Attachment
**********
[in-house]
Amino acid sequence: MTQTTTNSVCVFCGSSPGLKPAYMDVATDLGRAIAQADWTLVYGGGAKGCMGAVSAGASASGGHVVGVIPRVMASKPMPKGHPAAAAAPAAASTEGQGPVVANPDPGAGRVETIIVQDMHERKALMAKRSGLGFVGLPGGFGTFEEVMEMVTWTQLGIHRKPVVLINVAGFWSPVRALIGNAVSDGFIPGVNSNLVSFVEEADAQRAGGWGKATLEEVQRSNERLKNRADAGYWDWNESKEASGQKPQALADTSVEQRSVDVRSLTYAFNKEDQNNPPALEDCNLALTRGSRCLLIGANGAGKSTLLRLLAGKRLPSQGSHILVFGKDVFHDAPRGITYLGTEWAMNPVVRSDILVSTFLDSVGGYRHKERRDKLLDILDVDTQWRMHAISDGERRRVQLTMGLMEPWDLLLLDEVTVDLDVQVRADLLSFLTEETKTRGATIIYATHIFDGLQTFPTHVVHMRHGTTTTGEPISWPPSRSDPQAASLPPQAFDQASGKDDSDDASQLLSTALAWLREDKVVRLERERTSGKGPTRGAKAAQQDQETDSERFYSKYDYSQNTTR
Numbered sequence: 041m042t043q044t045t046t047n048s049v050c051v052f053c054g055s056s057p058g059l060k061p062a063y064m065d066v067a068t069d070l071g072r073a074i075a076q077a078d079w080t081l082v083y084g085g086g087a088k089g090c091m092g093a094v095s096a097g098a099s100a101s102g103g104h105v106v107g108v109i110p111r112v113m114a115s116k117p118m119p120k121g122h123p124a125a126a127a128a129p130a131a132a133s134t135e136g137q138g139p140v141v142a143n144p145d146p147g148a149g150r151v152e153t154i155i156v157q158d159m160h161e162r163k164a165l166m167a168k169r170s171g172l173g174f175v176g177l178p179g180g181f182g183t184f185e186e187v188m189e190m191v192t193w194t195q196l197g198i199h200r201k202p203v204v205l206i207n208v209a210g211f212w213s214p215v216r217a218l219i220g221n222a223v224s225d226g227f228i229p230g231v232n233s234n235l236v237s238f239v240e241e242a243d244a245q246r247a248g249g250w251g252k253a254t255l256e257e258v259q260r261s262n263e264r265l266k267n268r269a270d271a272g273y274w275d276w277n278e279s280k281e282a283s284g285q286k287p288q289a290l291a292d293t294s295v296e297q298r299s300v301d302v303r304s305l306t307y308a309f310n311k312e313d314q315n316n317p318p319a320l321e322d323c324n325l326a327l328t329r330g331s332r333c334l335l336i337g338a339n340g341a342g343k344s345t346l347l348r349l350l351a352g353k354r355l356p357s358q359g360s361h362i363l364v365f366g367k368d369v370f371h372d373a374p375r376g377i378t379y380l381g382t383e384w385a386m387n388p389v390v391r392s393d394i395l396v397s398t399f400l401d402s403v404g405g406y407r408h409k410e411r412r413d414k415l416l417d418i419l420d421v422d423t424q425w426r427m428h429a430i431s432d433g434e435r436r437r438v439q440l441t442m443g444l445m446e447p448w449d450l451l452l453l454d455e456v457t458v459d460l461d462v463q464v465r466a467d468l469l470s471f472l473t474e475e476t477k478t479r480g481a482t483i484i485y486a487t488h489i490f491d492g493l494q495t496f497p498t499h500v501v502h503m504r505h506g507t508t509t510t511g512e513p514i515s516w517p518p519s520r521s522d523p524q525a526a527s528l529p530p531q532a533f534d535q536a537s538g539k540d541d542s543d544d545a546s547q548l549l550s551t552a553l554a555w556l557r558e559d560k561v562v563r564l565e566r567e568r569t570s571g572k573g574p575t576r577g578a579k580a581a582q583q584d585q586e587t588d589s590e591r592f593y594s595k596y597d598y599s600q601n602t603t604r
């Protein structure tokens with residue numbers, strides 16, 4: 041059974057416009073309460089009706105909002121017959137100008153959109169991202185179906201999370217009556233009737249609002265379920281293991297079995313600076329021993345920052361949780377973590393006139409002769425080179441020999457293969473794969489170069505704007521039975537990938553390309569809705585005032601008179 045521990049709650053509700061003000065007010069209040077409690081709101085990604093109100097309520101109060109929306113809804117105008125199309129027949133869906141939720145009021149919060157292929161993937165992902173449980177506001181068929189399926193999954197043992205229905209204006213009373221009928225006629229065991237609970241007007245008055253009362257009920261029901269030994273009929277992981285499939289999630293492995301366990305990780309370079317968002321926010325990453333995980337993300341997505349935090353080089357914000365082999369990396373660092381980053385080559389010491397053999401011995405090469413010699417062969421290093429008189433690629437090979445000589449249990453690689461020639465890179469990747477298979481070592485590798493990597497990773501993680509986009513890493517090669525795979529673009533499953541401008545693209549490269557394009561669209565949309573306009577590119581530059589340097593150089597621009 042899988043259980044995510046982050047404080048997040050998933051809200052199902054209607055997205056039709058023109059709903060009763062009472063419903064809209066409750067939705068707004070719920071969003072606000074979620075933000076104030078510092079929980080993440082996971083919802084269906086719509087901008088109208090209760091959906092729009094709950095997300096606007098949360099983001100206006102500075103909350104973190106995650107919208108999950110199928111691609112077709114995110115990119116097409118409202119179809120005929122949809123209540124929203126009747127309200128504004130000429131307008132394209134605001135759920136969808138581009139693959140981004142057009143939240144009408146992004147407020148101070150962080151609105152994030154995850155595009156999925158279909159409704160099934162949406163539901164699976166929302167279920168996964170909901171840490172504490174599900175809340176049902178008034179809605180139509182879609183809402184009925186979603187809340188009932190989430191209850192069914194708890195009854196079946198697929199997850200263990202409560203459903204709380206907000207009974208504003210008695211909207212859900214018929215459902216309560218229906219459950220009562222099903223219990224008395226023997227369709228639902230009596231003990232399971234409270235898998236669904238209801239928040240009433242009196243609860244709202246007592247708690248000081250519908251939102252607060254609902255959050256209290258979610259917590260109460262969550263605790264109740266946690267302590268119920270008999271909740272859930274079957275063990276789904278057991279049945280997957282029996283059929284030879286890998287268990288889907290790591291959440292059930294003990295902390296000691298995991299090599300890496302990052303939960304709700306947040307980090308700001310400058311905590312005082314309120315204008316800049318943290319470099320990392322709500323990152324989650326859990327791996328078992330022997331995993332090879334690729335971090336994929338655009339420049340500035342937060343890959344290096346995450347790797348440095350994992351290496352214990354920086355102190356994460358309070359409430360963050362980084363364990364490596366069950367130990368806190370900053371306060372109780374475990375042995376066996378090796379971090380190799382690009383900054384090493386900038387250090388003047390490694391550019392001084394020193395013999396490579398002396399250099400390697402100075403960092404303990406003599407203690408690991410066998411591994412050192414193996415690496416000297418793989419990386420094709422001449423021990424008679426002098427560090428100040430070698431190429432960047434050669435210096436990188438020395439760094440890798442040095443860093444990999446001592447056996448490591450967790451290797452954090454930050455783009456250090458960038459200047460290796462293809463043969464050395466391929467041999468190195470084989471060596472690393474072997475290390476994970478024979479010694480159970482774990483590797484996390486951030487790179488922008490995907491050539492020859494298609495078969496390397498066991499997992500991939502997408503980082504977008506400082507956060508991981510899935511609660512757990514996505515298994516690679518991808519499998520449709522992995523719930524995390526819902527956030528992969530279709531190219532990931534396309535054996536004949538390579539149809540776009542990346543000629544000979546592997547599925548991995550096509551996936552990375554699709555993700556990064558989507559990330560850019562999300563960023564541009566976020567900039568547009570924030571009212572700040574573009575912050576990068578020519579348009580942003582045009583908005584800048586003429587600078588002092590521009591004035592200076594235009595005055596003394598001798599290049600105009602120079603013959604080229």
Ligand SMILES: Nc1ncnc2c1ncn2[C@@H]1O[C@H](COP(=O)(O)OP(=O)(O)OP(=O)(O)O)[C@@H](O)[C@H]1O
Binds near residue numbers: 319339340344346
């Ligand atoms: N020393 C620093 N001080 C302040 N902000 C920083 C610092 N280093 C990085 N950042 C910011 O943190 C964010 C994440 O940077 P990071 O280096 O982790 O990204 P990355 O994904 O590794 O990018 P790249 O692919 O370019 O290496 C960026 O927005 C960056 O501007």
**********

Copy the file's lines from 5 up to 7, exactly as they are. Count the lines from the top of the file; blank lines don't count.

Ligand SMILES: Nc1ncnc2c1ncn2[C@@H]1O[C@H](COP(=O)(O)OP(=O)(O)OP(=O)(O)O)[C@@H](O)[C@H]1O
Binds near residue numbers: 319339340344346
């Ligand atoms: N020393 C620093 N001080 C302040 N902000 C920083 C610092 N280093 C990085 N950042 C910011 O943190 C964010 C994440 O940077 P990071 O280096 O982790 O990204 P990355 O994904 O590794 O990018 P790249 O692919 O370019 O290496 C960026 O927005 C960056 O501007």